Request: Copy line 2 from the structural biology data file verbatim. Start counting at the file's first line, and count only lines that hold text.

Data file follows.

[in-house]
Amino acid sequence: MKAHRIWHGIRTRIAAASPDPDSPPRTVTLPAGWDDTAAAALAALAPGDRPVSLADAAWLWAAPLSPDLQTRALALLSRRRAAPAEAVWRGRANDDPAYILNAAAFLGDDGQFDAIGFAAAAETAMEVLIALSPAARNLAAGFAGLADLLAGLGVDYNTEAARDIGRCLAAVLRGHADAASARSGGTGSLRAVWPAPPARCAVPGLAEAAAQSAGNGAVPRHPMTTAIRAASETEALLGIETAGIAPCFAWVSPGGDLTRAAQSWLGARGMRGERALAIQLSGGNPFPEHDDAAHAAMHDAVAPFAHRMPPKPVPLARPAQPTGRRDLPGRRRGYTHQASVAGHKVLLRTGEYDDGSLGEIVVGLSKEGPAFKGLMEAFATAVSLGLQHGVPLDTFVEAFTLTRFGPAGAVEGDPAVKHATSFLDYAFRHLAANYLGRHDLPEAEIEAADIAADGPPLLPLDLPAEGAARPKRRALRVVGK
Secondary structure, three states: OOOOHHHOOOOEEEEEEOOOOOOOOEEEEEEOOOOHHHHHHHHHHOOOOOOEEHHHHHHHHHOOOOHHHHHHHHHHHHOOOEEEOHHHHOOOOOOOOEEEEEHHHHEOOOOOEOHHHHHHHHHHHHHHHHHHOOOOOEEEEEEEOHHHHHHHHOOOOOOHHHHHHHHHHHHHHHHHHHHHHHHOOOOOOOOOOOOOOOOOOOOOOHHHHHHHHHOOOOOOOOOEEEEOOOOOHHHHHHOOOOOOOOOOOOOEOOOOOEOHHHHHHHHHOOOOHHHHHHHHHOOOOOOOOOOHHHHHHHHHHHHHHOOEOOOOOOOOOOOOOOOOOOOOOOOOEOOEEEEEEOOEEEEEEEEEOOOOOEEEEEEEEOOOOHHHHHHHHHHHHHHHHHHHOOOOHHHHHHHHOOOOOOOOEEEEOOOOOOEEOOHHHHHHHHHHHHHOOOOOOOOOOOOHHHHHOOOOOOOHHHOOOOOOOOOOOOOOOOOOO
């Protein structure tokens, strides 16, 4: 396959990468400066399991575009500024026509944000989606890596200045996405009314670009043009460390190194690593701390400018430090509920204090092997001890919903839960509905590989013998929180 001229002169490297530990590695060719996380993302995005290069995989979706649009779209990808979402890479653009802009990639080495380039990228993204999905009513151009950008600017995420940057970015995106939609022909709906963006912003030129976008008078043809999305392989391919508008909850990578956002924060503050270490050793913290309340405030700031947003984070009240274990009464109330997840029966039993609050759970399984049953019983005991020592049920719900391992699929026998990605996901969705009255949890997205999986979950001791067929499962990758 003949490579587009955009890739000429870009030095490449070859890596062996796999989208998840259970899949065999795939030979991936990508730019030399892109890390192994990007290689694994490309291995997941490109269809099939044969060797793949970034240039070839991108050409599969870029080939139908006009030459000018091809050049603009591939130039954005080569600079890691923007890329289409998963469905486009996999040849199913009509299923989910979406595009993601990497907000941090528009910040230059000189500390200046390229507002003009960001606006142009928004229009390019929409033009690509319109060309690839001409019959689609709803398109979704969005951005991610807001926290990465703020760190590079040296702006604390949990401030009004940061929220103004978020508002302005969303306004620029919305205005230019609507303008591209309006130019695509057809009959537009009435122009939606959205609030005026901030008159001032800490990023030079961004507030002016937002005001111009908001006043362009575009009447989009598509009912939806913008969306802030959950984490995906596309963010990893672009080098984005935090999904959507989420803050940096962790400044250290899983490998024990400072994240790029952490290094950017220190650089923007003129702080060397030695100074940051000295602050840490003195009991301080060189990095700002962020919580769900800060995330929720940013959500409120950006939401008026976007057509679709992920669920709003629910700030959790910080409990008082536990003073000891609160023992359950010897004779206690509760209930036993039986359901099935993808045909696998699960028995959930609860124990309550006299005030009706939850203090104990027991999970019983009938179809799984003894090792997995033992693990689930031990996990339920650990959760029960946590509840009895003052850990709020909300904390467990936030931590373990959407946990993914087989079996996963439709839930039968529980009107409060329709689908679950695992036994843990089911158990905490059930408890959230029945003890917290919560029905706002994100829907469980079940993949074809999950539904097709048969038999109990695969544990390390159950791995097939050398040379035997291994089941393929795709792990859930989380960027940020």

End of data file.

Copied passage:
Amino acid sequence: MKAHRIWHGIRTRIAAASPDPDSPPRTVTLPAGWDDTAAAALAALAPGDRPVSLADAAWLWAAPLSPDLQTRALALLSRRRAAPAEAVWRGRANDDPAYILNAAAFLGDDGQFDAIGFAAAAETAMEVLIALSPAARNLAAGFAGLADLLAGLGVDYNTEAARDIGRCLAAVLRGHADAASARSGGTGSLRAVWPAPPARCAVPGLAEAAAQSAGNGAVPRHPMTTAIRAASETEALLGIETAGIAPCFAWVSPGGDLTRAAQSWLGARGMRGERALAIQLSGGNPFPEHDDAAHAAMHDAVAPFAHRMPPKPVPLARPAQPTGRRDLPGRRRGYTHQASVAGHKVLLRTGEYDDGSLGEIVVGLSKEGPAFKGLMEAFATAVSLGLQHGVPLDTFVEAFTLTRFGPAGAVEGDPAVKHATSFLDYAFRHLAANYLGRHDLPEAEIEAADIAADGPPLLPLDLPAEGAARPKRRALRVVGK